Tonawanda News

The City

August 28, 2013

City, Natale detail Little League plans

Natale holds information session on Little League Drive housing development

Tonawanda News — Natale Builders presented their detailed plans for a housing development off Little League Drive Tuesday night at an informational session that dozens of City of Tonawanda residents attended. 

“The proposal is the result of many, many years of hard work,” attorney Laurence Rubin, of Kavinoky Cook LLC, who represented the city in the negotiations with Natale, said at the session. 

Mayor Ron Pilozzi and Natale, the set developer for the property, reached a contract agreement at the end of July, but the council hasn’t approved the plans. The agreement came after almost three years of negotiations with the company and eight weeks of work on the contract itself. 

The document calls for construction of 56 condominium-status homes that will be built in three phases. At least four different models will be available in ranch and two-story designs. The sizes will range from 1,350 square feet to 2,200 square feet, and the homes will cost between $180,000 and $300,000. 

Natale will pay a total of $192,000 for the 16.94-acre property, and will also pay for infrastructure costs at the site, including the installation of roads, water and sewer lines and street lighting. The infrastructure work is estimated to cost between $1.8 million and $2 million.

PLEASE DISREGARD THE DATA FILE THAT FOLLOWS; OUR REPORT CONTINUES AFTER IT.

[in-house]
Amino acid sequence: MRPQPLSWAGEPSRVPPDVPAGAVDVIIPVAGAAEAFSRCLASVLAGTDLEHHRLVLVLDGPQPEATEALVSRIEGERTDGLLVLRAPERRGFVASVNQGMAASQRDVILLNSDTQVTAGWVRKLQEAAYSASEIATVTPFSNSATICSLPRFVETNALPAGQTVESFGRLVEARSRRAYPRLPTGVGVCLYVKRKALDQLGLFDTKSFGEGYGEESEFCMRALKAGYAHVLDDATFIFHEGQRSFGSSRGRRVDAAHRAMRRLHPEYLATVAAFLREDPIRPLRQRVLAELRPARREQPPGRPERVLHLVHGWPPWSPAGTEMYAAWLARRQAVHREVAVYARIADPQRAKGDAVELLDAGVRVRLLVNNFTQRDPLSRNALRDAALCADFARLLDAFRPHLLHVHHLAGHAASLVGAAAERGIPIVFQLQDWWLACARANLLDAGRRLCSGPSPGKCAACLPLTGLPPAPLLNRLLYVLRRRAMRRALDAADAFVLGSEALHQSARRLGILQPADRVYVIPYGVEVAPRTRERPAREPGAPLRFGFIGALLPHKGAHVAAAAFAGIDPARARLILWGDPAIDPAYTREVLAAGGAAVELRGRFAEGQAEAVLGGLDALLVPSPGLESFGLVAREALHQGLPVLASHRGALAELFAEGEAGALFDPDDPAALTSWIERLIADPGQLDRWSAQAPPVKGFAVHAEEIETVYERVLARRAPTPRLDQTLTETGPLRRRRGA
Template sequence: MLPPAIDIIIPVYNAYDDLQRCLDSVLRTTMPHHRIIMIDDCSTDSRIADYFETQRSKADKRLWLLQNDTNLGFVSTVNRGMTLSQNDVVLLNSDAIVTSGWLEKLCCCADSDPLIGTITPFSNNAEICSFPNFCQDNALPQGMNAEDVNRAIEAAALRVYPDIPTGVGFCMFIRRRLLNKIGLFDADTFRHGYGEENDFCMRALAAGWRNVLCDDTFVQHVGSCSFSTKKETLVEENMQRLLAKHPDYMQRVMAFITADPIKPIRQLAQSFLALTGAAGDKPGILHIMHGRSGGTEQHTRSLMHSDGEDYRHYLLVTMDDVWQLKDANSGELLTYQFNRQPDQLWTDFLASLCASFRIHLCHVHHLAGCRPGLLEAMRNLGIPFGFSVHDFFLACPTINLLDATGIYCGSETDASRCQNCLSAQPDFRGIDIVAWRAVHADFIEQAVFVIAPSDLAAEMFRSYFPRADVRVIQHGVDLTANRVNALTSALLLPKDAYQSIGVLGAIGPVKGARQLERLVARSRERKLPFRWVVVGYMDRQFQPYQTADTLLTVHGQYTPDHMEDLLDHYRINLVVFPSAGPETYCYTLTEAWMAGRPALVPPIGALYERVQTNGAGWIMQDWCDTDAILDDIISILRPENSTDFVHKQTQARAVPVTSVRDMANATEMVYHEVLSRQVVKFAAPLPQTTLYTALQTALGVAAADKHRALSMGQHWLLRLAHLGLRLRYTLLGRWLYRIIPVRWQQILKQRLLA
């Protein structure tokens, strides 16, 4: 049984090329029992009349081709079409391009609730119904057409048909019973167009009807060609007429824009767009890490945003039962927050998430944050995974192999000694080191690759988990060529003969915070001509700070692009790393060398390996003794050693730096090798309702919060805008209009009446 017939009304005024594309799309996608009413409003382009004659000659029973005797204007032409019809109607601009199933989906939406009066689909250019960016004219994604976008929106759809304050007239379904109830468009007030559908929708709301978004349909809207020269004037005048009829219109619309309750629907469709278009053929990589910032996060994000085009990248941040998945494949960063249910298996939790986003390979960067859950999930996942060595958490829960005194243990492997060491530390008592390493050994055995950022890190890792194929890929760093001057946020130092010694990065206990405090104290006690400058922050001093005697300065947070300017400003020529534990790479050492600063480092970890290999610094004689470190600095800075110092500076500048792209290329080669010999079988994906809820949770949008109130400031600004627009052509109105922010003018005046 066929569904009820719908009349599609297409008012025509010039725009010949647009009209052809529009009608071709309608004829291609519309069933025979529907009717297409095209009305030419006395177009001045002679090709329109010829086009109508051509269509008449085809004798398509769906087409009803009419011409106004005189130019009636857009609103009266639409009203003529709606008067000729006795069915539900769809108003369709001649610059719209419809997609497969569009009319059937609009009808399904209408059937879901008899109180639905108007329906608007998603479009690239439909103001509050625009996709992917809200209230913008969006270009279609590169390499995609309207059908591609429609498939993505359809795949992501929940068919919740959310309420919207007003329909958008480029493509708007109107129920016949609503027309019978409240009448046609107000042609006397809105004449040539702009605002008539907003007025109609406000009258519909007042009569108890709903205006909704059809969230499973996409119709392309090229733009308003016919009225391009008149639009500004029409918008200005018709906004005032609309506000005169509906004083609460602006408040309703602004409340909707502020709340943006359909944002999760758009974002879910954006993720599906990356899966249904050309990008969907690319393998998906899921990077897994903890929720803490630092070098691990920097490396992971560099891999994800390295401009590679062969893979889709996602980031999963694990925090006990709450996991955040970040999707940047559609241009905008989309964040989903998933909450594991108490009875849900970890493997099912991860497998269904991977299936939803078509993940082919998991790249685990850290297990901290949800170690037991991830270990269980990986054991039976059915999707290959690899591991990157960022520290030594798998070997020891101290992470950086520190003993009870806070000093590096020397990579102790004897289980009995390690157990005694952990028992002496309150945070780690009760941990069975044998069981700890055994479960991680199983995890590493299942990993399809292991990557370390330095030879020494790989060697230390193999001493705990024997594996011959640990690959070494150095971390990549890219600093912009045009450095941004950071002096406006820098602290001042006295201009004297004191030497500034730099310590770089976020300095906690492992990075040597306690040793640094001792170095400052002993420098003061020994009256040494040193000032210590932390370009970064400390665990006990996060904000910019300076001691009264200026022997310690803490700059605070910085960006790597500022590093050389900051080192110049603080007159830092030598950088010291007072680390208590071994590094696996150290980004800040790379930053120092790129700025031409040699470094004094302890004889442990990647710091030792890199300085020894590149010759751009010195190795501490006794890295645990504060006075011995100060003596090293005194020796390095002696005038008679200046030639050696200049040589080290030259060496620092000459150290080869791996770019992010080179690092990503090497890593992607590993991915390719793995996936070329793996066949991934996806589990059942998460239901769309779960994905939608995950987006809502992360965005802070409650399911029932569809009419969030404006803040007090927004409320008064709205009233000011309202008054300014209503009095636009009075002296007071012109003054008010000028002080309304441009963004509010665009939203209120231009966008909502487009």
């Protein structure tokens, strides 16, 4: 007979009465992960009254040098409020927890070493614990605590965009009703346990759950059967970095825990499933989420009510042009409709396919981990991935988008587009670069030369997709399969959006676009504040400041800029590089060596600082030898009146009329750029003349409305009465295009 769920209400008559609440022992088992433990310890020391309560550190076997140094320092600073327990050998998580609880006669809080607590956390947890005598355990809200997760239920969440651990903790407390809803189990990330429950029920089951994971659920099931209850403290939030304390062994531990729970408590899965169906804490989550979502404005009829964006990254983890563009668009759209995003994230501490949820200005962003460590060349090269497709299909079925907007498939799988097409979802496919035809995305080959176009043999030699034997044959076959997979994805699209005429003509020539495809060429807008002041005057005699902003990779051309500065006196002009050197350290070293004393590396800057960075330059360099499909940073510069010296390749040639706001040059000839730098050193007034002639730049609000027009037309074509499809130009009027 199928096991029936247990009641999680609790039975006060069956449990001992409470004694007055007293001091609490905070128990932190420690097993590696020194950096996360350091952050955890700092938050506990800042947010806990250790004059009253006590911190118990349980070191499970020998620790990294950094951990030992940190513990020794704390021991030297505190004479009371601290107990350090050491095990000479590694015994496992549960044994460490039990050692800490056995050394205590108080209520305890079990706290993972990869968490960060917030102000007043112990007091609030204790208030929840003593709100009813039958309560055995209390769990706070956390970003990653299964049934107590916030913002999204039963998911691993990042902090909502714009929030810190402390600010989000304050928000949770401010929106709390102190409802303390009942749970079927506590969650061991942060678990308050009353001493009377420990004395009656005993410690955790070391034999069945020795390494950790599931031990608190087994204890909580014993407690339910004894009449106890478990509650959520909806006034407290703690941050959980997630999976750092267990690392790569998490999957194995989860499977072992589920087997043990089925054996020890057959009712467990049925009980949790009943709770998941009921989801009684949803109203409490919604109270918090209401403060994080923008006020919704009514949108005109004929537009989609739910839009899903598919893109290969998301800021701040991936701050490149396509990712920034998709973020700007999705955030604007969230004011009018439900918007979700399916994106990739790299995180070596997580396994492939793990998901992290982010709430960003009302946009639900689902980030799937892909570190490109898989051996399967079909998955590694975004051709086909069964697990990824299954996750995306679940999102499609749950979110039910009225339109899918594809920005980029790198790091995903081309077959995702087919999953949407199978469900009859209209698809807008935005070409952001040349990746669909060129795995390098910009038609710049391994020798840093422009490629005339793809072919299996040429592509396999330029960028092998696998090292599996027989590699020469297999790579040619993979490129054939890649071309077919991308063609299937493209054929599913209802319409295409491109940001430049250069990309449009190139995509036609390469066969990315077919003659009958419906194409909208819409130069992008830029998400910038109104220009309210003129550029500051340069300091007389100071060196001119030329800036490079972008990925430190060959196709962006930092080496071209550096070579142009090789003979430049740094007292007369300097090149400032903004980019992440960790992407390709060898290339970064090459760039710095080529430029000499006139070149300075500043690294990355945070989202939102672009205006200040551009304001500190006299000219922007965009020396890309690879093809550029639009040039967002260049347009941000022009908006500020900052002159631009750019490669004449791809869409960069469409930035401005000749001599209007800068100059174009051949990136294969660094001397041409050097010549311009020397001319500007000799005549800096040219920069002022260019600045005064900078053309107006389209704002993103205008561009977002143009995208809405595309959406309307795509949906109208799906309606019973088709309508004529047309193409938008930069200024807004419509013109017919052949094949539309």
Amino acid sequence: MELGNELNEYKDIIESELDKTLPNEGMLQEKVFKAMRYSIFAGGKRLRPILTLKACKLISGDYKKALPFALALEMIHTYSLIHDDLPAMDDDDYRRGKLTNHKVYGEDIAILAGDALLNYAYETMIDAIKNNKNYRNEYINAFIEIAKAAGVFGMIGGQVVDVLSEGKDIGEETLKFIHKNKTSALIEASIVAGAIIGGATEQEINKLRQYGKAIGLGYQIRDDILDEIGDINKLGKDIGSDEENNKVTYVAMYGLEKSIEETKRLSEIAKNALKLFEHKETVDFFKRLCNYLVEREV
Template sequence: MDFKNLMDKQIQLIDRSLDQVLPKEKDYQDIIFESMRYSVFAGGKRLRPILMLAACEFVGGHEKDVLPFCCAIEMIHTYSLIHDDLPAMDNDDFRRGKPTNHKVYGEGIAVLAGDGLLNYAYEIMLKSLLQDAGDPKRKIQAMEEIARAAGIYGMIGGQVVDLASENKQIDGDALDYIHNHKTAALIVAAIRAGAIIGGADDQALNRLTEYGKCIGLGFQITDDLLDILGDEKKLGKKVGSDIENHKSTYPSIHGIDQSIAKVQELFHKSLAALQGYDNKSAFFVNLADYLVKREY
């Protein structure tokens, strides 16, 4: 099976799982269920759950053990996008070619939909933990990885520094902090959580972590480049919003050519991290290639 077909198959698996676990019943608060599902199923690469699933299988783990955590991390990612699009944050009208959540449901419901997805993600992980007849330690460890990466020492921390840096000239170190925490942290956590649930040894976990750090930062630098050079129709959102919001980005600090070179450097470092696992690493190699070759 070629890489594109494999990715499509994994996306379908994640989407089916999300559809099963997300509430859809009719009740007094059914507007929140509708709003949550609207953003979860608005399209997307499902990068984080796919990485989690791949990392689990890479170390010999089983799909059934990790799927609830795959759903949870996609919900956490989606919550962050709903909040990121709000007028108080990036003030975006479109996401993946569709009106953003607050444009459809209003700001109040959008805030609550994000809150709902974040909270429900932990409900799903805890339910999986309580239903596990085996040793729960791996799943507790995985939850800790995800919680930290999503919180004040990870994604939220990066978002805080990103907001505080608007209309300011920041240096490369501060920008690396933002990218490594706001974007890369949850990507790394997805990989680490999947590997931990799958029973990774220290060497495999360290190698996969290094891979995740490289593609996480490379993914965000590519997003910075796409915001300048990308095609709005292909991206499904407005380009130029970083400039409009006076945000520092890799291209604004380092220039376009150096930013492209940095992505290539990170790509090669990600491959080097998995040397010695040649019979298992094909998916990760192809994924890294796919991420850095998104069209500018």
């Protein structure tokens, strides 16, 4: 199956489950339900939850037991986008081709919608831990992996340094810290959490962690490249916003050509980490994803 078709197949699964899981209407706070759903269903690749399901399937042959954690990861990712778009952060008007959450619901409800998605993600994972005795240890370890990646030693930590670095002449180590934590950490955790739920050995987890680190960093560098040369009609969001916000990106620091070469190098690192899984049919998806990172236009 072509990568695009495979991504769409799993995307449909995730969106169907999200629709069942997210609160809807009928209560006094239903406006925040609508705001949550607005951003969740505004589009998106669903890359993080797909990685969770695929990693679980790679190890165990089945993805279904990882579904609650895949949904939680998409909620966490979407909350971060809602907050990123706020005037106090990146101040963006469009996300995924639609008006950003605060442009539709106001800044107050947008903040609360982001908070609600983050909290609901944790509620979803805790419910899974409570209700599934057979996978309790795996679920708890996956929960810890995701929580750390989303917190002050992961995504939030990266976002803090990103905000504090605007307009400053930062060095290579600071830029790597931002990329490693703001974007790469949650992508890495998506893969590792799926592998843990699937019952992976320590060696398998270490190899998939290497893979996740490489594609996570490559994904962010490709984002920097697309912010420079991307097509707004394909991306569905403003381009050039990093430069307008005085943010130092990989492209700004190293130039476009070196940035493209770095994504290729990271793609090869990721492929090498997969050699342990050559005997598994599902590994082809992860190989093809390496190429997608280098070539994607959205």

“There will be no long-term capital costs for the city, and that is quite an accomplishment,” Rubin said Tuesday. 

In turn for paying for infrastructure costs, Natale requested that the city allow them to classify the homes under the state’s condominium status. 

As a result of the condo status, the homes will be assessed at a reduced rate.

“The result of assessing it that way is that it comes in at about 65 percent of the construction value. Those evaluated at 100 percent with comparable value of construction would be paying more in taxes,” Rubin explained earlier this year. 

Put simply, homeowners whose properties cost $250,000 to buy will pay taxes as if the home was worth $162,500 — a fact that has angered some homeowners who note those in the development won’t be paying their fair share.

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